I'm back from a day in the city with my kids, my brother and sister, and Ian. We all drove down in Ian's car, which conveniently has a third row of seating (it faces backward, so Grace and Jack had fun making other drivers feel uncomfortable by staring at them). After several hours at the American Museum of Natural History, which included a special butterfly conservatory exhibit, we grabbed some chow and headed down to the kids' favorite place: Toys R Us in Times Square. Now we're home, I'm slayed, and ready to begin Day One in my new job tomorrow. After two weeks of training, I've been released to do this on my own.
"So what you're saying is," observed my little six-year-old warrior, "is that it's time for you to use all the actions you learned?"
Speaking of actions, I've long been a fan of Andy Pettitte. And despite his usage of hormones, I still am. Maybe now more than ever. Why? Because he screwed up and has the guts to admit it. He answered today's reporters with patience and clarity, and for those reasons and others he is so much more of a man than Clemens ever was or will be. Pettitte has always had class, unlike many other Yankees. That's what makes him a great Yankee. That's what makes him a hero of mine. He's not flawless. No one is. But he comes clean when he's called on things. He doesn't run or hide. He ain't no gutless wonder.
Andy Pettitte apologizes for HGH use
Posted Feb. 18, 2008
Updated 4:08 PM
New York (AP) _ Andy Pettitte has not spoken to Roger Clemens since giving a sworn statement which implicated his good friend in the use of human growth hormone.
"I think it's put a strain on our friendship," Pettitte said in an eagerly awaited news conference Monday at the New York Yankees' spring training complex.
Pettitte apologized to the Yankees, Houston Astros and his fans for the "embarrassment" he caused them by taking HGH.
Pettitte arrived at spring training earlier in the day and threw a bullpen session at the minor league complex. Later, he met reporters for about an hour.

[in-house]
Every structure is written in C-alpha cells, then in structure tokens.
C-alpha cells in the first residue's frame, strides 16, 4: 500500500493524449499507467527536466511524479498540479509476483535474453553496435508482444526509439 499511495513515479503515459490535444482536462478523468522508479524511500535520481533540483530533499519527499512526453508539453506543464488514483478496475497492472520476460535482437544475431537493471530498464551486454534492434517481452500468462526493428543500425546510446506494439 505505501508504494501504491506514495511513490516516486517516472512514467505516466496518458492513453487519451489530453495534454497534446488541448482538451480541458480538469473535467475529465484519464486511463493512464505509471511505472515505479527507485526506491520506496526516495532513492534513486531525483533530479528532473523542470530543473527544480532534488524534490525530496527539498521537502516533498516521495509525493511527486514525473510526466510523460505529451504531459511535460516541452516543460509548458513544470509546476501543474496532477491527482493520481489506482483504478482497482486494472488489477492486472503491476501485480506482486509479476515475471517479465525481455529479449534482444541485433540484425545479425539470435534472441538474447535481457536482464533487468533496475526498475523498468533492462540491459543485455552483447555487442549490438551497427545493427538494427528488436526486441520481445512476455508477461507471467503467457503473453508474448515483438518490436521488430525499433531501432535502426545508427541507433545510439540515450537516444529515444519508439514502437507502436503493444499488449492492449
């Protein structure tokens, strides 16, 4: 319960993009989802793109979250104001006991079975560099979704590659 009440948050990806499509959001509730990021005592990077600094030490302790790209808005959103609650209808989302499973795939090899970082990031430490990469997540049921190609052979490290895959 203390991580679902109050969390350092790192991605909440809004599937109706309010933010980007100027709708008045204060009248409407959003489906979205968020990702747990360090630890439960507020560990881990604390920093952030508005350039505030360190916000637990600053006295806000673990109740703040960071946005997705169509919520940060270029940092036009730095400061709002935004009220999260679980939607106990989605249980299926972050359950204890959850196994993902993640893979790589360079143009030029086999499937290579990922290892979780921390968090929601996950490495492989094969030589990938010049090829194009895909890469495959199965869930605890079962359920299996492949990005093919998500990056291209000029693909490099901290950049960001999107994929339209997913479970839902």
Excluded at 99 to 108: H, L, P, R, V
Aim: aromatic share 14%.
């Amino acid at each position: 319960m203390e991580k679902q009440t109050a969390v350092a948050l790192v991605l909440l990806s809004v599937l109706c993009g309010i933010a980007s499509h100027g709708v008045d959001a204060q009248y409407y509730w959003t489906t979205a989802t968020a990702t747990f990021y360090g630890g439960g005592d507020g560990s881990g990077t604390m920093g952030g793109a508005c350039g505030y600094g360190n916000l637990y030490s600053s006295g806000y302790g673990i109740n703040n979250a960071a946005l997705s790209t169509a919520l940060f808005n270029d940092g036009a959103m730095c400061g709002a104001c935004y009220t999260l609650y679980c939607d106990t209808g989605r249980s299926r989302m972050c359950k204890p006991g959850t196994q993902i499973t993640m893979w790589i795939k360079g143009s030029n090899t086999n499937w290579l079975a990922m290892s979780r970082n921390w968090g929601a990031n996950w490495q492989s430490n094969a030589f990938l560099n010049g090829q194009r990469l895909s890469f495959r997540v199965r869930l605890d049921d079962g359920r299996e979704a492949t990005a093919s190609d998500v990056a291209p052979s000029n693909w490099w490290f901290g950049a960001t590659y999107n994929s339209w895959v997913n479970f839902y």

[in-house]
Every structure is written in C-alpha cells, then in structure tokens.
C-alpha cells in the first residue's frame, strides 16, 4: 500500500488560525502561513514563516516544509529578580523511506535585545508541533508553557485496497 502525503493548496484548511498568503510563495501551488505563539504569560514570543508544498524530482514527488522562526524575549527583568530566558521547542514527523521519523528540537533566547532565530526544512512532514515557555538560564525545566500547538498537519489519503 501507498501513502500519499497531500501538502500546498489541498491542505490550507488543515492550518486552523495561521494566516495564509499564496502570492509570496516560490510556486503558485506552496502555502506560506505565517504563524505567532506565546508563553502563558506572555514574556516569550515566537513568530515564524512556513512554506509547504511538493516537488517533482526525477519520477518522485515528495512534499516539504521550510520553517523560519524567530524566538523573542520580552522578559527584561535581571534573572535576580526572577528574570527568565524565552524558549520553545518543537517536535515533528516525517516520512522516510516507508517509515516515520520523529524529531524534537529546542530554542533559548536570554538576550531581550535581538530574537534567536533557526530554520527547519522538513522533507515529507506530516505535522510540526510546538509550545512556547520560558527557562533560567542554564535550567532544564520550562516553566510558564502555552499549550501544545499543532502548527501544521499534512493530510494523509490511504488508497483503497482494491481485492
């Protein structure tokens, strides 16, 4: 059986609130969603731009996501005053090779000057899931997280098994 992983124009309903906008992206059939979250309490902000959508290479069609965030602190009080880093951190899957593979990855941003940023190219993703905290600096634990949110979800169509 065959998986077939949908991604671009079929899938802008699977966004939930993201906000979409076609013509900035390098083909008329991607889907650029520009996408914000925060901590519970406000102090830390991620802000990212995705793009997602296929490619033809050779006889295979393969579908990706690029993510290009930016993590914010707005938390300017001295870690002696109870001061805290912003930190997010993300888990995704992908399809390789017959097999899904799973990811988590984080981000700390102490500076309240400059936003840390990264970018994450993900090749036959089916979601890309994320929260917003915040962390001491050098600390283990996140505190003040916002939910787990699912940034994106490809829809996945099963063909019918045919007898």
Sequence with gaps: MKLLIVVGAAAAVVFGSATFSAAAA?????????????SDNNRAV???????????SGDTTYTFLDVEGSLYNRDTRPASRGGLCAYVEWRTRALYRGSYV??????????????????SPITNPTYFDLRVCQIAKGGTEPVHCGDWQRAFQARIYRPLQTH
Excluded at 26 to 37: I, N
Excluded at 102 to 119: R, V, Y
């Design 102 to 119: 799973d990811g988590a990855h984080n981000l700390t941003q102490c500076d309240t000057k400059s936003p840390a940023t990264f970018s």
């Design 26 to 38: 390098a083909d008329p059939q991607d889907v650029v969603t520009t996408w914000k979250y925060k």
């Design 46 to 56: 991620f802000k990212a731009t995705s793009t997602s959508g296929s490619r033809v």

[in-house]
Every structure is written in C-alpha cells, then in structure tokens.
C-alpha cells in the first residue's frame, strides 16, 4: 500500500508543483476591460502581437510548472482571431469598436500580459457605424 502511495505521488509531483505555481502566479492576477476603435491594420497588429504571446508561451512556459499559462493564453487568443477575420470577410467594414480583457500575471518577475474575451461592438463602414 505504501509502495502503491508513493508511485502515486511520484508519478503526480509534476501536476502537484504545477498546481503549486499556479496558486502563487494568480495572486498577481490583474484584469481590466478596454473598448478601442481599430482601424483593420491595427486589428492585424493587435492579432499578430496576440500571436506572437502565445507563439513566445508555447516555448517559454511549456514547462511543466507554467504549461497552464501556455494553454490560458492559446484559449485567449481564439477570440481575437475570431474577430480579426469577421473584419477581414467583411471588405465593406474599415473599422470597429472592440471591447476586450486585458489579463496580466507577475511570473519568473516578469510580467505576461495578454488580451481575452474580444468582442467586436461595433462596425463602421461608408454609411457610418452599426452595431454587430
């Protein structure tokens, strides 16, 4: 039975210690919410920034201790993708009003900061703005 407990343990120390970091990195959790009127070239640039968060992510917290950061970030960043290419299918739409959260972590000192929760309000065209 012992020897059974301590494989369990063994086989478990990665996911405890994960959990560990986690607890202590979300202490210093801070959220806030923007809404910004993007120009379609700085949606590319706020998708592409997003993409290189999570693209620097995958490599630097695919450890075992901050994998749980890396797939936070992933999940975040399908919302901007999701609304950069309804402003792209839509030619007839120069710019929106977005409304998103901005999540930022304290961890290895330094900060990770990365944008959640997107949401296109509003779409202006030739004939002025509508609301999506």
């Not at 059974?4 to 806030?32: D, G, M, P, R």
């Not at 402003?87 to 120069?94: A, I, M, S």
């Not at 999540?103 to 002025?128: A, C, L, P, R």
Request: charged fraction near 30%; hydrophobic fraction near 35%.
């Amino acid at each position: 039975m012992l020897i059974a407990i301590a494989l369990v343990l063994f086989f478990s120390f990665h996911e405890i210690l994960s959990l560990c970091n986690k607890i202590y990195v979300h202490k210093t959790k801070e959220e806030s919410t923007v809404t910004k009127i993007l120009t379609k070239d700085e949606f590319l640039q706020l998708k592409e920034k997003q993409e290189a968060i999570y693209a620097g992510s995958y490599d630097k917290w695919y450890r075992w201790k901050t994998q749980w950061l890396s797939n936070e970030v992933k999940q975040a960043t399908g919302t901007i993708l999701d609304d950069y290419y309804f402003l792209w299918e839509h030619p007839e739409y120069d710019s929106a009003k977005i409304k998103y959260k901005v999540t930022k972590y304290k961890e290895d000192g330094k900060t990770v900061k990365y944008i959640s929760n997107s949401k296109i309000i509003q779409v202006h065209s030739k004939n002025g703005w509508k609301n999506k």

"I never want a young person to do what I did," Pettitte said. "I'm sorry for the mistakes I have made."
Pettitte sat alone at a podium, taking dozens of questions. He often paused to collect his thoughts and several times patiently asked reporters "did I answer your question?"
It had been about a month since he had spoken to Clemens, Pettitte said.
"I can't even describe how uncomfortable a situation" this has been.
With Yankees teammates Derek Jeter, Mariano Rivera and Jorge Posada in attendance, along with two of his lawyers, Pettitte acknowledged he had considered not playing because of the ongoing situation.
"That wouldn't be the thing to do as a man. I felt like I needed to come out and face you guys and whatever circumstances that come I'll take it, I'll take it like a man and I'll try to do my job," he said.
Pettitte was excused from testifying publicly at a congressional hearing last week after he gave a deposition and an affidavit. In addition to his December admission that he used HGH for two days in 2002 while with the Yankees, he said he injected himself with HGH for one day in 2004 while with the Astros after obtaining two syringes from his father.